salicylic acid

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salicylic acid


2-hydroxybenzoic acid,

C6H4(OH)CO2H, a colorless, crystalline organic carboxylic acid that melts at 159°C;; it is soluble in ethanol and ether but is only slightly soluble in water. It is prepared commercially by heating sodium phenolate (the sodium salt of phenol) with carbon dioxide under pressure to form sodium salicylate, which is treated with sulfuric acid to liberate salicylic acid. Salicylic acid and its derivatives are toxic when consumed in large amounts. Sodium salicylate is used to a small extent as a food preservative and as an antiseptic in mouthwashes and toothpastes. The major use of salicylic acid is in the preparation of its ester derivatives; since it contains both a hydroxyl (−OH) and a carboxyl (−CO2H) group, it can react with either an acid or an alcohol. The hydroxyl group reacts with acetic acid to form the acetate ester, acetylsalicylic acid (see aspirinaspirin,
acetyl derivative of salicylic acid (see salicylate) that is used to lower fever, relieve pain, reduce inflammation, and thin the blood. Common conditions treated with aspirin include headache, muscle and joint pain, and the inflammation caused by rheumatic fever and
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). Several useful esters are formed by reaction of the carboxyl group with alcohols. The methyl ester, methyl salicylate (also called oil of wintergreen since it produces the fragrance of wintergreen), is formed with methanol; it is used in food flavorings and in liniments. The phenyl ester, phenyl salicylate, or salol, is formed with phenol; it is used in medicine as an antiseptic and antipyretic. This ester hydrolyzes, not in the acidic stomach, but in the alkaline intestines, releasing free salicylic acid. The menthyl ester, menthyl salicylate, which is used in suntan lotions, is formed with menthol.
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The following article is from The Great Soviet Encyclopedia (1979). It might be outdated or ideologically biased.

Salicylic Acid


(o-hydroxybenzoic acid), the simplest aromatic hydroxycarboxylic acid. A colorless crystalline compound that is poorly soluble in water but readily soluble in organic solvents. Melting point, 159°C; boiling point, 211°C (at 2.66 kilonewtons per sq m).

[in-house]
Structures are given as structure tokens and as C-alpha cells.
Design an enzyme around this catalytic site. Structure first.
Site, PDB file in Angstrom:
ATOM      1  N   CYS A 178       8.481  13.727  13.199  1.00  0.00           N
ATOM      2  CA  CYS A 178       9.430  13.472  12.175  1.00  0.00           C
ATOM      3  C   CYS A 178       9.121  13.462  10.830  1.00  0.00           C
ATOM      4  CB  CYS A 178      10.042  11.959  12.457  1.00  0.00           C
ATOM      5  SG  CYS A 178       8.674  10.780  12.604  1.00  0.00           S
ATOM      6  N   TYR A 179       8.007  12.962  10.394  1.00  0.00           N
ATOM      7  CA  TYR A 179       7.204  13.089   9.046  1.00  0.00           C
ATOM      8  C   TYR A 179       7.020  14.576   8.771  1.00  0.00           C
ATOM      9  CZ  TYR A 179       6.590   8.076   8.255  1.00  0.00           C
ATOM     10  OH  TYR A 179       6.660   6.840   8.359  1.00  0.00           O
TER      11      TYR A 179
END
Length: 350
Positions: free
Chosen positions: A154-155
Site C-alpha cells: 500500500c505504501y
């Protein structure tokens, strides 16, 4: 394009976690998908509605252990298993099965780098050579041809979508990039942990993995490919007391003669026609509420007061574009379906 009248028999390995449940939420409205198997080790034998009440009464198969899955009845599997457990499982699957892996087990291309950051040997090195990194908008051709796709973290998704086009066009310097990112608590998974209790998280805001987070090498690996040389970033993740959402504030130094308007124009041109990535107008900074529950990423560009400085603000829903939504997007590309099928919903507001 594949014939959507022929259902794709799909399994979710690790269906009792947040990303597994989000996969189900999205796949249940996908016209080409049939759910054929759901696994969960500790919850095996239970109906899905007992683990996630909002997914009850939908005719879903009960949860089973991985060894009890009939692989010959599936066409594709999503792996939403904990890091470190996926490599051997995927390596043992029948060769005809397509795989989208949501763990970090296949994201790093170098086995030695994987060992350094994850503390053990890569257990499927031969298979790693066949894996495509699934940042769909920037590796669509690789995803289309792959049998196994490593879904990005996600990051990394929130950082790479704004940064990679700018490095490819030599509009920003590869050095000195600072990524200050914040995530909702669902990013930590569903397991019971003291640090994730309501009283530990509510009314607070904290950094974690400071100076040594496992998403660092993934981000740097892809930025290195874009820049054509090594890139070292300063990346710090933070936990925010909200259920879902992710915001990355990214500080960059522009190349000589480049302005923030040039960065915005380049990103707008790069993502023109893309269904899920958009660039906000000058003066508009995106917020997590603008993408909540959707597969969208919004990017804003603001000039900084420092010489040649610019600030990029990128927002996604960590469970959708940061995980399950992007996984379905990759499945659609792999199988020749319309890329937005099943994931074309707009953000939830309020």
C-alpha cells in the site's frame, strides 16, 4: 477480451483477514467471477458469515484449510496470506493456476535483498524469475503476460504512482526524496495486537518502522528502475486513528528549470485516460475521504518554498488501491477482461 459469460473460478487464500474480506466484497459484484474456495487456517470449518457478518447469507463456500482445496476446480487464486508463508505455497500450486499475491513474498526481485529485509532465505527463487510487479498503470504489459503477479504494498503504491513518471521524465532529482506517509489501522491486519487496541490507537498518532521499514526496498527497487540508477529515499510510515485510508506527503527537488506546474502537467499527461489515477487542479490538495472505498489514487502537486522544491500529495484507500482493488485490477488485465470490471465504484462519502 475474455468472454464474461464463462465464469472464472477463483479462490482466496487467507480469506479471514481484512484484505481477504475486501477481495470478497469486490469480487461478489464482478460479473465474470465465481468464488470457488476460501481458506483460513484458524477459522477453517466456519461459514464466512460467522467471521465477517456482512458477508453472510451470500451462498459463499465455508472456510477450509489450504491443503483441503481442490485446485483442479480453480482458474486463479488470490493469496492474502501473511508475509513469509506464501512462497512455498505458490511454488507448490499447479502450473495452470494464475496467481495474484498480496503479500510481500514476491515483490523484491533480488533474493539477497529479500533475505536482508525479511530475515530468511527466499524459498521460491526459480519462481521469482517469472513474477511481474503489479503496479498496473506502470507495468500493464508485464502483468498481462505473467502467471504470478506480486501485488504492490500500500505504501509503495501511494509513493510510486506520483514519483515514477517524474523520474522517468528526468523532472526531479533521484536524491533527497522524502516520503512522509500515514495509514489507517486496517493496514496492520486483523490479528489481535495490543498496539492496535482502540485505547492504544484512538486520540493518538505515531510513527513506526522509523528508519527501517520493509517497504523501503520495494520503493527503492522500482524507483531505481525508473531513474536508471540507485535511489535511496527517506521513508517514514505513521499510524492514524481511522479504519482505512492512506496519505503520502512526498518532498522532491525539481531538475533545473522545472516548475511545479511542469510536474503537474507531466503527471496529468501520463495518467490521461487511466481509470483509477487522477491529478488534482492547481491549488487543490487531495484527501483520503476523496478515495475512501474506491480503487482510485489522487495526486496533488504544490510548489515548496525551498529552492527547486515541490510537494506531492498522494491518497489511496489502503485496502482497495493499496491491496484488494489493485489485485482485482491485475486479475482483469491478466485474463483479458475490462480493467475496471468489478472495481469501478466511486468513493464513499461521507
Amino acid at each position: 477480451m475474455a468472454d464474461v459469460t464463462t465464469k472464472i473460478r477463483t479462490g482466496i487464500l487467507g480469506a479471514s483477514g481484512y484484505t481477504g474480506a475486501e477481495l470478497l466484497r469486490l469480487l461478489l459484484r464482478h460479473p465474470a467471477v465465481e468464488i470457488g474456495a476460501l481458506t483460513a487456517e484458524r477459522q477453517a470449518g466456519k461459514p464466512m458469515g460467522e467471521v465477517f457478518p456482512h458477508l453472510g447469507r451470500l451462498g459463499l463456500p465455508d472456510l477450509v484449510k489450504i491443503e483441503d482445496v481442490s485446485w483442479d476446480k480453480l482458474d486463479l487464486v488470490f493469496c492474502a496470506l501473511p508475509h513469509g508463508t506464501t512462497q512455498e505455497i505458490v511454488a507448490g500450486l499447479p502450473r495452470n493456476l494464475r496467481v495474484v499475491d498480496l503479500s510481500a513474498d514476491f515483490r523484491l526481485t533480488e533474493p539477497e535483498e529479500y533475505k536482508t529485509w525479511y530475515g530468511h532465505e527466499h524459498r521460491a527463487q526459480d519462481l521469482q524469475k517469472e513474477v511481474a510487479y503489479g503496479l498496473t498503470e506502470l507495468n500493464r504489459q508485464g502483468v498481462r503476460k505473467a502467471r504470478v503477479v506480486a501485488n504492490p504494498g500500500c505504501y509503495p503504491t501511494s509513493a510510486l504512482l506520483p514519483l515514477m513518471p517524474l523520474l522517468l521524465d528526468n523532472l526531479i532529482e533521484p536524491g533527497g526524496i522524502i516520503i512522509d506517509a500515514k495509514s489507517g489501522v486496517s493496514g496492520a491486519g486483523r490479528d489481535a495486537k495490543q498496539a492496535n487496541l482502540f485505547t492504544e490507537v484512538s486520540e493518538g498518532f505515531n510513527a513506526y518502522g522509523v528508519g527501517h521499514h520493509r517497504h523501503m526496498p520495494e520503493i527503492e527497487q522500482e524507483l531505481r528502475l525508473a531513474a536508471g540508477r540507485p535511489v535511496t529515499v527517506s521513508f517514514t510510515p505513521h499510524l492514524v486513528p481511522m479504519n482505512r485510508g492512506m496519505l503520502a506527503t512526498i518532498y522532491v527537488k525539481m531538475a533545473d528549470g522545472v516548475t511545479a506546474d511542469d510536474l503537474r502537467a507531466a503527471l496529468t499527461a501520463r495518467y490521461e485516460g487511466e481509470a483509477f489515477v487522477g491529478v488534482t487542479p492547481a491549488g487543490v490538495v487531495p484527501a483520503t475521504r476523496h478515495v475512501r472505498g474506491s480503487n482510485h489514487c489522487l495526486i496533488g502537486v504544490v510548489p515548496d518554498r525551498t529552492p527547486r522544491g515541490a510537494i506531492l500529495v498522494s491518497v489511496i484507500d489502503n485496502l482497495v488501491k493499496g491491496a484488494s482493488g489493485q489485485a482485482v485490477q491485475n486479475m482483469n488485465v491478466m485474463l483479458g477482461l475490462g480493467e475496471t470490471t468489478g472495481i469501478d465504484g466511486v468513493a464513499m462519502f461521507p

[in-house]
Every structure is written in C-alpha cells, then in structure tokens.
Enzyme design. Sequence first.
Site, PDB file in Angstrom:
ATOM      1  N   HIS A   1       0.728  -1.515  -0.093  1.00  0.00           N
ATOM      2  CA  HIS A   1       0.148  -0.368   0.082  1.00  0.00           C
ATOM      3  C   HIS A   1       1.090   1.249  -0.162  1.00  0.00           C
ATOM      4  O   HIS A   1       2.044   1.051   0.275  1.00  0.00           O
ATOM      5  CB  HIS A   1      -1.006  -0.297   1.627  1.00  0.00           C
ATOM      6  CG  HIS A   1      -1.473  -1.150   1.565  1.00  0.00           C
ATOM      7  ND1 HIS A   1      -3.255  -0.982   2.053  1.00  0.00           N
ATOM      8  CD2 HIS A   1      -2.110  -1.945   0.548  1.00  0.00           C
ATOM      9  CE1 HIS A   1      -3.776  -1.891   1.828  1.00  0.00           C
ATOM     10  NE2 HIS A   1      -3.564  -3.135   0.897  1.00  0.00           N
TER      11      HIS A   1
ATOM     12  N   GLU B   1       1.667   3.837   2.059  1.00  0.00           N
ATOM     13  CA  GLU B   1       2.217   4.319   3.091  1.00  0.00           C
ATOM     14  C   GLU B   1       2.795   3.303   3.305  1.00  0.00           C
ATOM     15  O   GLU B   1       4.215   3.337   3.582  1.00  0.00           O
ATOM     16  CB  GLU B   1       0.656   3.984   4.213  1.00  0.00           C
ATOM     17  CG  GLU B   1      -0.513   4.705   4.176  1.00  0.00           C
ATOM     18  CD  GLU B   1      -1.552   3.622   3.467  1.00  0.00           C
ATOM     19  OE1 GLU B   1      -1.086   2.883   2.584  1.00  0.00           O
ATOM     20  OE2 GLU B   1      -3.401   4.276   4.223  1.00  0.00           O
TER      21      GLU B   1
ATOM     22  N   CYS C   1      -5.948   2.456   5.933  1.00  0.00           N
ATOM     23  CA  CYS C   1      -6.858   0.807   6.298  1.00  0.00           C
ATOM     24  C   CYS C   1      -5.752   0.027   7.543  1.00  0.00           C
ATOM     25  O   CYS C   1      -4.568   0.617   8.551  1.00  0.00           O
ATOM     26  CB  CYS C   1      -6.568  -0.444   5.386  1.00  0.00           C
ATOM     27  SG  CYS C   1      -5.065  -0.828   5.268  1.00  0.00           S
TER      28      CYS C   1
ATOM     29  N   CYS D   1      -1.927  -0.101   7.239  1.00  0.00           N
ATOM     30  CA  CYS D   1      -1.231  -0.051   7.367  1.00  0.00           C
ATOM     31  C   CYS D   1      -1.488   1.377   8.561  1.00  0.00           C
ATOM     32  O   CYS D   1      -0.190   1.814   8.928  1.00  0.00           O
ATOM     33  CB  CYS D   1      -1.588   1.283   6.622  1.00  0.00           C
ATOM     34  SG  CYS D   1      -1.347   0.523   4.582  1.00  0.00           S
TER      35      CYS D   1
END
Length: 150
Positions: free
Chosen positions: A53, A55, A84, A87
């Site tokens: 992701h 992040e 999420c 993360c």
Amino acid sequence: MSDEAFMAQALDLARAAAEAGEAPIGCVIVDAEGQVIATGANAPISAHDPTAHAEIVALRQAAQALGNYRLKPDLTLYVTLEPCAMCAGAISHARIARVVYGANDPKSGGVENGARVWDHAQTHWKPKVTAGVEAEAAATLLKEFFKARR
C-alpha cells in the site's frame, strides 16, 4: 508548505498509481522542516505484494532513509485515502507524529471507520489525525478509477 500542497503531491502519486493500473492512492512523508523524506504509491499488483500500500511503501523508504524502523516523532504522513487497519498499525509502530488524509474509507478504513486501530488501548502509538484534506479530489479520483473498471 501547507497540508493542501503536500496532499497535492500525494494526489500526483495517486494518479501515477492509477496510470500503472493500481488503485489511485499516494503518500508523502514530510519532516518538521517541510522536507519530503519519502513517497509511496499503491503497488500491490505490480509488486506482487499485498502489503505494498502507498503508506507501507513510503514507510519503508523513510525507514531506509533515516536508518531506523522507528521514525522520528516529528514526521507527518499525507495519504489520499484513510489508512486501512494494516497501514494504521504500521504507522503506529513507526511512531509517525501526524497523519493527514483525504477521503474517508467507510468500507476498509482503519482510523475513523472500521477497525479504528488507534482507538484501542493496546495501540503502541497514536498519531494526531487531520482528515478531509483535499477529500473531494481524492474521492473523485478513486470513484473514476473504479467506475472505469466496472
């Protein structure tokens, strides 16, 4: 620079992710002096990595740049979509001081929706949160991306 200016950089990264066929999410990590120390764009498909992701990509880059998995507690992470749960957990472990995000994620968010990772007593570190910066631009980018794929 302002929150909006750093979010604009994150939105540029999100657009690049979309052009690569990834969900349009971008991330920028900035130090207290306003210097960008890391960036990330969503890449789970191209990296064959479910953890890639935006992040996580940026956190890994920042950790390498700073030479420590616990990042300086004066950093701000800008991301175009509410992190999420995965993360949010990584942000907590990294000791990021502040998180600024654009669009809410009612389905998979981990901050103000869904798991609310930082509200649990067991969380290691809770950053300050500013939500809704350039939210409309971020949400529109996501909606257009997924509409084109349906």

Salicylic acid is widespread in nature, especially in the form of the glycoside of its methyl ester, methyl salicylate. It is usually produced industrially by carboxylation of phenol (the Kolbe-Schmitt reaction). Salicylic acid has weak antiseptic and irritant properties and, at high concentrations, keratolytic properties. It is used topically in salve, paste, powder, and solution form for treating skin ailments. It is an ingredient of Las-sar’s paste, galmanin powder, and corn lotion and plaster. The sodium salt of salicylic acid (sodium salicylate), the amide (sali-cylamide), and acetylsalicylic acid (aspirin) are used as antipyretic, antirheumatic, anti-inflammatory, and analgesic agents. The phenyl ester of salicylic acid is used as an antiseptic, and p-aminosalicylic acid (PAS) is used as an antituberculosis drug.

Because of its antiseptic action, salicylic acid is used in the preservation of foods. Its esters are used in the manufacture of azo dyes and odoriferous substances, and the acid itself is used for the colorimetric identification of iron and copper and for the separation of thorium from other elements.

The Great Soviet Encyclopedia, 3rd Edition (1970-1979). © 2010 The Gale Group, Inc. All rights reserved.

salicylic acid

[¦sal·ə¦sil·ik ′as·əd]
(organic chemistry)
C6H4(OH)COOH White crystals with sweetish taste; soluble in alcohol, acetone, ether, benzene, and turpentine, slightly soluble in water; discolored by light; melts at 158°C; used as a chemical intermediate and in medicine, dyes, perfumes, and preservatives.
McGraw-Hill Dictionary of Scientific & Technical Terms, 6E, Copyright © 2003 by The McGraw-Hill Companies, Inc.

salicylic acid

a white crystalline slightly water-soluble substance with a sweet taste and bitter aftertaste, used in the manufacture of aspirin, dyes, and perfumes, and as a fungicide. Formula: C6H4(OH)(COOH)
Collins Discovery Encyclopedia, 1st edition © HarperCollins Publishers 2005
References in periodicals archive ?
Alpha and beta hydroxy acids. This group includes glycolic, lactic, citric, mandelic, tartaric and salicylic acids.
* Pads contain a precise blend of alpha- and beta hydroxy acids, antioxidants (vitamins A, C and E), soothing green tea extract and an oil-free moisturizer to give skin of any age a healthier, more vibrant appearance.
IDEAL for blemished skins as it contains AHAs - that's Alpha Beta Hydroxy Acids which have smaller molecules and penetrate to the base layer of the skin.
The most powerful substances to combat this damage, depending on the skin's affliction, are vitamin C ester (to improve fine lines, sagging or sunburned skin); alpha lipoic acid (lines, wrinkles, under-eye bags, enlarged pores, acne scars or dull skin); dimethylaminoethanol (loss of firmness, fine lines around lips, overtired skin and thin lips) and alpha and beta hydroxy acids (razor bumps, rough, dry and finely lined skin, uneven pigmentation).